North Carolina

North Carolina Wine Overview

North Carolina is now home to more than 110 wineries and is one of the most respected wine producing states in the eastern and southern United States. One area in the west-central part of the state, west and slightly southwest of Winston-Salem, is the Yadkin Valley area which is known by wine lovers practically worldwide. This area has received tremendous press attention over the last ten years praising the wines turned out by North Carolina vintners. And yet, this is just one of three wine-producing areas in the state of note. Two other prominent wine destinations are the Haw River Valley and Swan Creek, and it’s notable each of the three areas have been designated American Viticultural Areas (AVAs).

In addition to the 110+ wineries, there are more than 400 vineyards here. Muscadine grapes tend to grow in the coastal areas, while traditional wine grapes are staples in central and western portions of the state. Renowned Cabernet Sauvignons, Merlots, Syrahs and Chardonnays are top offerings from North Carolina vintners. Yadkin Valley, in fact, has been dubbed by the wine press as “America’s Next Napa,” and North Carolina ranks in the top 10 U.S. states for wine production.

Two wineries in the state are particularly noteworthy. The Biltmore Estate Winery at the Biltmore resort in Asheville is America’s most visited winery, underscoring North Carolina’s rising profile as a wine tourist destination. On the eastern side of the state, Duplin Winery is the world’s largest producer of Muscadine wines, so there’s truly something for every wine lover here.

One area in the west central part of the state, west and slightly southwest of Winston-Salem, is the Yadkin Valley area which is known by wine lovers practically worldwide.

North Carolina Wine Trail

One of the questions we frequently receive on our Contact page is “How many wine trails are there in a state?” Usually the answer is, it depends on how you define an official wine trail. When we say “official wine trail,” it’s defined as a wine trail that is its own identity with an online presence, i.e. a website. We include combination agri-tourism trails in this definition, such as wine and cheese trails, fruit and wine trails, and so on. Another key factor for us is making sure the wine trail designation was spearheaded by the wineries themselves, the state or both.

North Carolina has six wine trails by this definition, which we’ll discuss below. In addition, the Visit North Carolina site lists a series of what they call wine trails. While quite useful to a visitor and/or wine traveler, they’re really more of a series of wine travel itineraries vs. an official wine trail. We wanted to alert you to the page, which lists 12 of these wine travel itineraries, because it’s very useful information. North Carolina has so many wineries that even with these travel itineraries and the “wine trails” there are still numerous North Carolina wineries not represented in either category. We’ll continue to watch developments in North Carolina to see if more trails become official, because there’s certainly the potential to do so.

With that said, here are the six official North Carolina wine trails, as defined by our criteria.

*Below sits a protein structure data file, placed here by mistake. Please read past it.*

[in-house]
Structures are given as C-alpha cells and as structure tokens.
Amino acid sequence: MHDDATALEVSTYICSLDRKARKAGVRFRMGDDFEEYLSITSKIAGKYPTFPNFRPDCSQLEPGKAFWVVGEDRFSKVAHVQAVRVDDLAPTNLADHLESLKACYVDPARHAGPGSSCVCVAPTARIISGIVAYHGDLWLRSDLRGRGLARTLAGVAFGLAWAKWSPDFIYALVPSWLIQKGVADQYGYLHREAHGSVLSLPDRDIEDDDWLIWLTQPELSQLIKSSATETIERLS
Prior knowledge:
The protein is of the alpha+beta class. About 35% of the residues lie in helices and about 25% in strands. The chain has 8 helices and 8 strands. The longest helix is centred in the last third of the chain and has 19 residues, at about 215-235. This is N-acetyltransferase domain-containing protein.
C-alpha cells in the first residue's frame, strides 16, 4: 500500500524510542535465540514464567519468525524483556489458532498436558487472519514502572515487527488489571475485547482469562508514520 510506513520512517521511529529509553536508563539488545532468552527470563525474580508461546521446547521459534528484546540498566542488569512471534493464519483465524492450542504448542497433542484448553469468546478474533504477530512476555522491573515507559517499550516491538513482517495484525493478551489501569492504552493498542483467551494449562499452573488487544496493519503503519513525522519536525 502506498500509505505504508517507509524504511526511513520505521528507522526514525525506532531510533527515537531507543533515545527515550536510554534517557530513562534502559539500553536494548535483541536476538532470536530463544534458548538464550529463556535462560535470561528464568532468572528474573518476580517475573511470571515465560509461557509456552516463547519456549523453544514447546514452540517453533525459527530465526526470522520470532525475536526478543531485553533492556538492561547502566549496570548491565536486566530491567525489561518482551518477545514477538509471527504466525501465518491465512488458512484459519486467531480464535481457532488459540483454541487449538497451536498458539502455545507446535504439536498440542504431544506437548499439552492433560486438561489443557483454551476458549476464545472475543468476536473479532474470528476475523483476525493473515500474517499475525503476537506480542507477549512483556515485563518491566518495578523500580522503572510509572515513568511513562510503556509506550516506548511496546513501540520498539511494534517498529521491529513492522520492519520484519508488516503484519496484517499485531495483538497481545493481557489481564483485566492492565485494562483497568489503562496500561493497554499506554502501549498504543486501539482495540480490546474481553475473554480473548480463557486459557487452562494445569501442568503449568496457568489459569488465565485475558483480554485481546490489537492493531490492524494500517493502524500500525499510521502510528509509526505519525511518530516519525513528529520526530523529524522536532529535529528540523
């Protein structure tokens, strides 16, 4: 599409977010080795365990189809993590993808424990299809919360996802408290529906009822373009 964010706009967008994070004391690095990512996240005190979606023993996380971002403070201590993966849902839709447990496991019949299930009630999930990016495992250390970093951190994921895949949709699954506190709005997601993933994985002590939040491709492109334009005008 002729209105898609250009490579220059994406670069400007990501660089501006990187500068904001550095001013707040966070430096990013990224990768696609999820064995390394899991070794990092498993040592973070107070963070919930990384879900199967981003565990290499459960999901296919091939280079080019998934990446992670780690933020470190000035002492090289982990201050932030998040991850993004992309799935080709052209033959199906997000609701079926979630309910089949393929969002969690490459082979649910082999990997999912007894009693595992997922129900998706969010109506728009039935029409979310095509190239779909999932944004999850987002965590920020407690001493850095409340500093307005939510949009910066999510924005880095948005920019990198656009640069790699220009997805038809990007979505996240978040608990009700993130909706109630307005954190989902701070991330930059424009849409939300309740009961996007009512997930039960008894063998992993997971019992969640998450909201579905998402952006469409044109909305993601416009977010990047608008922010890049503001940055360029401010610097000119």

First is the Yadkin River Wine Trail, a group of five wineries in the center of the Yadkin River Valley in the towns of Boonville and East Bend. The area is known as the Yadkin Valley Wine Country, which is probably the best overview site for the almost three dozen wineries in the area. The entire area is also sometimes known as the Yadkin Valley Wine Trail, and a website exists claiming to be as such, but it’s really just a list of wineries in the area. So to make things clear, the Yadkin River Wine Trail wineries are located in Yadkin Valley Wine Country, and are listed on that website as well.

Yadkin Valley has been dubbed by the wine press as “America’s Next Napa,” and North Carolina ranks in the top 10 U.S. states for wine production.

Next is the Haw River Wine Trail, which includes four wineries near the North Carolina towns of Burlington and Alamance. As noted above, the Haw River Valley has their own AVA designation, which includes all of Alamance County and portions of five other counties.

Another wine trail, the Blue Ridge Wine Trail is split between Virginia and northern North Carolina. Since Virginia has literally dozens of wine trails in their state, we’ll include this trail here. There are 14 wineries on this trail, six of which are in North Carolina.

The Southern Gateway Wine Trail, which is in Davidson County not far south from Winston-Salem. The trail includes four wineries which are also included in Yadkin Valley Wine Country. As you can see, there’s a lot of overlapping wine trails in the state.

Another that overlaps with Yadkin Valley is the Shallowford Wine Trail, which includes five wineries near the town of Yadkinville. Also in this area is the Swan Creek Wine Trail, consisting of the wineries within this AVA.

The Biltmore Estate Winery at the Biltmore resort in Asheville is America’s most visited winery.

North Carolina’s newest wine trail is the Boone Area Wine Trail, a group of three wineries near the town of Boone in the far western part of the state, near the Tennessee border. Two of the wineries just opened in 2011, so this wine trail is literally hot off the press.

So to summarize, let’s consider there to be six North Carolina wine trails, plus a seventh which is partially in North Carolina and partially in Virginia. Again, definitions of what exactly comprises a wine trail will differ, but for our purposes this is what we think makes sense.

Travelogue: North Carolina Wine: Wilmington and Southeast Coast

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